Drugs used to treat diabetes mellitus Commentary

Diabetes is common and the main clinical interest for anaesthetists lies in the maintenance of effective glucose homoeostasis. This is not, however, the focus of this question, which concentrates more on an understanding of intermediary metabolism. The range of drugs is expanding, but you will not be asked in any detail about newer agents such as the meglitinides and glitazones. You will, on the other hand, be expected to know about insulin and something about the well-established biguanides...

The sciatic nerve Commentary

The sciatic nerve is the largest peripheral nerve in the body and it is accessible from a number of sites. Sciatic nerve block provides good analgesia for much lower limb surgery, and the variety of possible approaches provides an appropriate test of applied anatomy. As always with questions which include practical procedures, it will help greatly the credibility of your answer if you can convince the examiner that you have undertaken some of these blocks. You will not, however, be expected to...

Direction the viva may take

You are likely to be asked about the anaesthetic implications of thyroid disease. Overt thyrotoxicosis and myxoedema are rare, but anaesthetic mismanagement of either condition may be disastrous. So even though the viva may have concentrated on basic endocrinology, make sure that you know the principles of clinical management. Airway problems All forms of thyroid disease may be associated with large goitres, which may extend retrosternally and cause airway problems. Hyperthyroidism The clinical...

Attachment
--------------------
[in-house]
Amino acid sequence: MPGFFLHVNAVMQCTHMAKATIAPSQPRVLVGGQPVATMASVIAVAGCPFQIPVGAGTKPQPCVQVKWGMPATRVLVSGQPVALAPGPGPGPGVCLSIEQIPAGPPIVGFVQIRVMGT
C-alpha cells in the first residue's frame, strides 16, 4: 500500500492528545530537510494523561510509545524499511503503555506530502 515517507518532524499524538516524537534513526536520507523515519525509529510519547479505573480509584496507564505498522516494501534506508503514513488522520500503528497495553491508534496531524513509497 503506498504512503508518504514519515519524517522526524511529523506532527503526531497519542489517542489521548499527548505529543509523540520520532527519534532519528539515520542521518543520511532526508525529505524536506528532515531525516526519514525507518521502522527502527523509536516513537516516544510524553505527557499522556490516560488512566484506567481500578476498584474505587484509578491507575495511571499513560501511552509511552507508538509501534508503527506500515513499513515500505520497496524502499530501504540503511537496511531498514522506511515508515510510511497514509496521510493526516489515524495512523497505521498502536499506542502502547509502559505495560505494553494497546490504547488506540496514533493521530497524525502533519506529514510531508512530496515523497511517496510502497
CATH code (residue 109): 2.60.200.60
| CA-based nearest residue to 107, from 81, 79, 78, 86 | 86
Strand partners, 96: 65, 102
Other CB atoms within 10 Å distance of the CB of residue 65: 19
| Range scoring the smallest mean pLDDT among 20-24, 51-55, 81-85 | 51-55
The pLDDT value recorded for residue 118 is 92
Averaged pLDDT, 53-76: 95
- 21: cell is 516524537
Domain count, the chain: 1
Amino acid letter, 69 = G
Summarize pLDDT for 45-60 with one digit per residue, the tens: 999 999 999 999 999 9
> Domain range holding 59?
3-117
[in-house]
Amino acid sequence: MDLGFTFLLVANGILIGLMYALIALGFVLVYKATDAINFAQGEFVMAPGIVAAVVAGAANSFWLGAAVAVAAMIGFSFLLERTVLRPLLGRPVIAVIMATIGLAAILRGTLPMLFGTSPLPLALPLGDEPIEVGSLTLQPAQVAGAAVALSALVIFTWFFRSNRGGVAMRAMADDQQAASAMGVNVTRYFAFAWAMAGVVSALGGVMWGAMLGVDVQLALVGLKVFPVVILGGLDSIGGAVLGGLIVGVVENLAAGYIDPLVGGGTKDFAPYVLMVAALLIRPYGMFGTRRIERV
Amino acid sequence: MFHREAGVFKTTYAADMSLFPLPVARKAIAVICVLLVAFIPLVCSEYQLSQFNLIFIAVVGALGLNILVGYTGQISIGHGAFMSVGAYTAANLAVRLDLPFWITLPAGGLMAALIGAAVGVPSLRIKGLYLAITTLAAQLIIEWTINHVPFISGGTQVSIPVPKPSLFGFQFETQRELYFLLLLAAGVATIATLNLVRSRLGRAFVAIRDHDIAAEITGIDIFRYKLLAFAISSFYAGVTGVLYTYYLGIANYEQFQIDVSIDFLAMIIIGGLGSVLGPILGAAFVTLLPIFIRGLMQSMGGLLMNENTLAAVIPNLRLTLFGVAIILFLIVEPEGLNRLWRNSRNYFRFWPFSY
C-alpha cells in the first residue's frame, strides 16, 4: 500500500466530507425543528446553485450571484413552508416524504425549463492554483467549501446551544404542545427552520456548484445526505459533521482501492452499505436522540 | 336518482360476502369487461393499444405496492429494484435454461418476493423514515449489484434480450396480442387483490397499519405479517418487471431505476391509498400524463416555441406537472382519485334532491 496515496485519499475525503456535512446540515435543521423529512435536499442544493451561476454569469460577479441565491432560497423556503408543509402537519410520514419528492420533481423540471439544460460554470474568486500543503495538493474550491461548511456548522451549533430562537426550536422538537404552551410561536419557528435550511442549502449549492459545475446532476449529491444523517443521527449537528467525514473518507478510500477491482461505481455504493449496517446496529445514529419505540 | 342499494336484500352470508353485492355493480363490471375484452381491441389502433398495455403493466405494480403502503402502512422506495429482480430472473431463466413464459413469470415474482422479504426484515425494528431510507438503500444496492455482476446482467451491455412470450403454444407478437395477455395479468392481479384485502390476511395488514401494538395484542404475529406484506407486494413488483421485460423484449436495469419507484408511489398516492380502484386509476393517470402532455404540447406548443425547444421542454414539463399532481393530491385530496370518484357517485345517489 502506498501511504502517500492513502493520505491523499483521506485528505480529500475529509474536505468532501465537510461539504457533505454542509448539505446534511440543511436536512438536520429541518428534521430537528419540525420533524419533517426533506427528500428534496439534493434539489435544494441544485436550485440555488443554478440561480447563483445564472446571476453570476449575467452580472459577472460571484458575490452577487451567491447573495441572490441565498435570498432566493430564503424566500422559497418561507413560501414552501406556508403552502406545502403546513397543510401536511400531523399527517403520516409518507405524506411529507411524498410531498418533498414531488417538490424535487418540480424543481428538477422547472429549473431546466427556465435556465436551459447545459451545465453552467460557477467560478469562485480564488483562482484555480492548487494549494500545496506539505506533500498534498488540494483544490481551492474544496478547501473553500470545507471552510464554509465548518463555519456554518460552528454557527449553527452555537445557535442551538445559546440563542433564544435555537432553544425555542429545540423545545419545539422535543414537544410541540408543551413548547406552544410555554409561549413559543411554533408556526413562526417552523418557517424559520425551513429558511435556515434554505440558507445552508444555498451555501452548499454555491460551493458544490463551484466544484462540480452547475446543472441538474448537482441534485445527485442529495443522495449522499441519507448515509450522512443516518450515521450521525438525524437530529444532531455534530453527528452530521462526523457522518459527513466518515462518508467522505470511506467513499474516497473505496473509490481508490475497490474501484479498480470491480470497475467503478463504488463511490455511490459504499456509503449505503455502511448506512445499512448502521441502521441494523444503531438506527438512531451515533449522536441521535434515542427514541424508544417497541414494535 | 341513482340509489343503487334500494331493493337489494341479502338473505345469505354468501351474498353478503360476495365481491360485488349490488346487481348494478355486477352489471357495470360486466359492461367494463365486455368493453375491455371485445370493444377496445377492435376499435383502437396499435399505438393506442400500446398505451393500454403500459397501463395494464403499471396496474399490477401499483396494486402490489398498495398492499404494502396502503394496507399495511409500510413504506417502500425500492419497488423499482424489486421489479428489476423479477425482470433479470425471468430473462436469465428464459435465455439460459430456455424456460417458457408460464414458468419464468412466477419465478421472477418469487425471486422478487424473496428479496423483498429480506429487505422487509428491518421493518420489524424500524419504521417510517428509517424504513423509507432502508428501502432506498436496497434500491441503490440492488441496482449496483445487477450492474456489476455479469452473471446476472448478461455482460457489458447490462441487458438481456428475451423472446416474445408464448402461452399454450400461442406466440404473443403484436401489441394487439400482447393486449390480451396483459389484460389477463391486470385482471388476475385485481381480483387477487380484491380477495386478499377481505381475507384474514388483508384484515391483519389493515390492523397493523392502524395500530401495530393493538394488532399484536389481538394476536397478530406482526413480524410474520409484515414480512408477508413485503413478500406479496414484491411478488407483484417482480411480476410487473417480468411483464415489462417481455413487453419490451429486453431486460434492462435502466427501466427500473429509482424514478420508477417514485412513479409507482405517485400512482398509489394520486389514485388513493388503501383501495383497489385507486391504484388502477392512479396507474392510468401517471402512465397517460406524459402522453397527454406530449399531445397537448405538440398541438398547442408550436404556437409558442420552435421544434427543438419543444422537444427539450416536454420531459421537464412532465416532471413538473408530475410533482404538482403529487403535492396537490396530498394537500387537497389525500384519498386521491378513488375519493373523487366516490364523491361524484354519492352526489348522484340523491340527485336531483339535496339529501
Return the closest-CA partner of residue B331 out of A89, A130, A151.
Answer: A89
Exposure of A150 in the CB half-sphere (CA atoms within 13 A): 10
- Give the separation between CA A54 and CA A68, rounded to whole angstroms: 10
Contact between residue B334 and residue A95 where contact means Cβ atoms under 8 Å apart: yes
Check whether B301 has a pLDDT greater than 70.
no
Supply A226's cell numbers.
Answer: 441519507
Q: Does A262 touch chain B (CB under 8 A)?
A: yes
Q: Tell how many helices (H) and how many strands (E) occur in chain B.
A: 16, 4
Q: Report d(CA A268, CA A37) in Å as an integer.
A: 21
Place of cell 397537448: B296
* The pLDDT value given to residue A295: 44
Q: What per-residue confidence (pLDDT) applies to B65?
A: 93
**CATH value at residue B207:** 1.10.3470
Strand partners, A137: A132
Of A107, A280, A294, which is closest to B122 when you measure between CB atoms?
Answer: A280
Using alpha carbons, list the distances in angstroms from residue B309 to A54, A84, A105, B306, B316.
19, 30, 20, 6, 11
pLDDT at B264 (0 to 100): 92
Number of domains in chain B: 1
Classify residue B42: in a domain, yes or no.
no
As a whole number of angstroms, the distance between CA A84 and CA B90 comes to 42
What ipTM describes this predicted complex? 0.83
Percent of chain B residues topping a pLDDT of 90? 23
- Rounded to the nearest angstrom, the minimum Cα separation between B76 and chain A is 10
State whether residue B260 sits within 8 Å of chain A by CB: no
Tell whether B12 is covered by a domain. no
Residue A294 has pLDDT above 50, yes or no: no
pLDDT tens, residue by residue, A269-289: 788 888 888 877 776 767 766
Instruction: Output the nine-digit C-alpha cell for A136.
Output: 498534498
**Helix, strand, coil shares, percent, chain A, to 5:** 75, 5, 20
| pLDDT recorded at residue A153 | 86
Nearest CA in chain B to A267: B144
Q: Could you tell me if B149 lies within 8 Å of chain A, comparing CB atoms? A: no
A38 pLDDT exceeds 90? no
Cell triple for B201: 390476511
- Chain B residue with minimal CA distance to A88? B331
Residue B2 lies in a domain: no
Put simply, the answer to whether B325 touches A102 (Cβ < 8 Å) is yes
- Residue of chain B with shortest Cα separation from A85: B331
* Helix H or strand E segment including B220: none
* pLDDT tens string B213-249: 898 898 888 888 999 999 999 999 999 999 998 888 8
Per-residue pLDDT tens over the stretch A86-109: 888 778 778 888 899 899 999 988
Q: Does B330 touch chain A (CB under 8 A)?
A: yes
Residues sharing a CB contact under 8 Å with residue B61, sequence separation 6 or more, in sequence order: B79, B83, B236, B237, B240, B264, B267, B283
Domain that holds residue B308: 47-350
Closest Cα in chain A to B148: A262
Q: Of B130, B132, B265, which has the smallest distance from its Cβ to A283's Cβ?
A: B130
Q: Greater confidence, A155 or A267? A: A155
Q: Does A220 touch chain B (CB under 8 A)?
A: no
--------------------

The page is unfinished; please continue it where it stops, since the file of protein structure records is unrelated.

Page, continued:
Further direction the viva could take

You may be asked, almost as an aside, why patients with thyrotoxicosis develop proptosis, and why hypothyroidism is known as myxoedema. It will have (almost) no bearing on whether you pass or fail, but there is no point in becoming unnecessarily dejected by not knowing the answer to the final question of the section. Skin contains various proteins combined with polysaccharides, hyaluronic acid and chondroitin sulphuric acid. In hypothyroidism these complexes accumulate, and so promote water...

The viva

You may be asked to classify the degrees of obesity, before describing the physiological and anaesthetic implications. Classification The most widely used method of classifying obesity is the body mass index (BMI), which is determined by the weight (kg) divided by the square of the height (m2). A BMI of 18-25 is normal, 26-30 is overweight, 31-35 is obese, and over 35 is morbidly obese. There has recently been introduced the further category of 'super obesity' into which fall patients with a...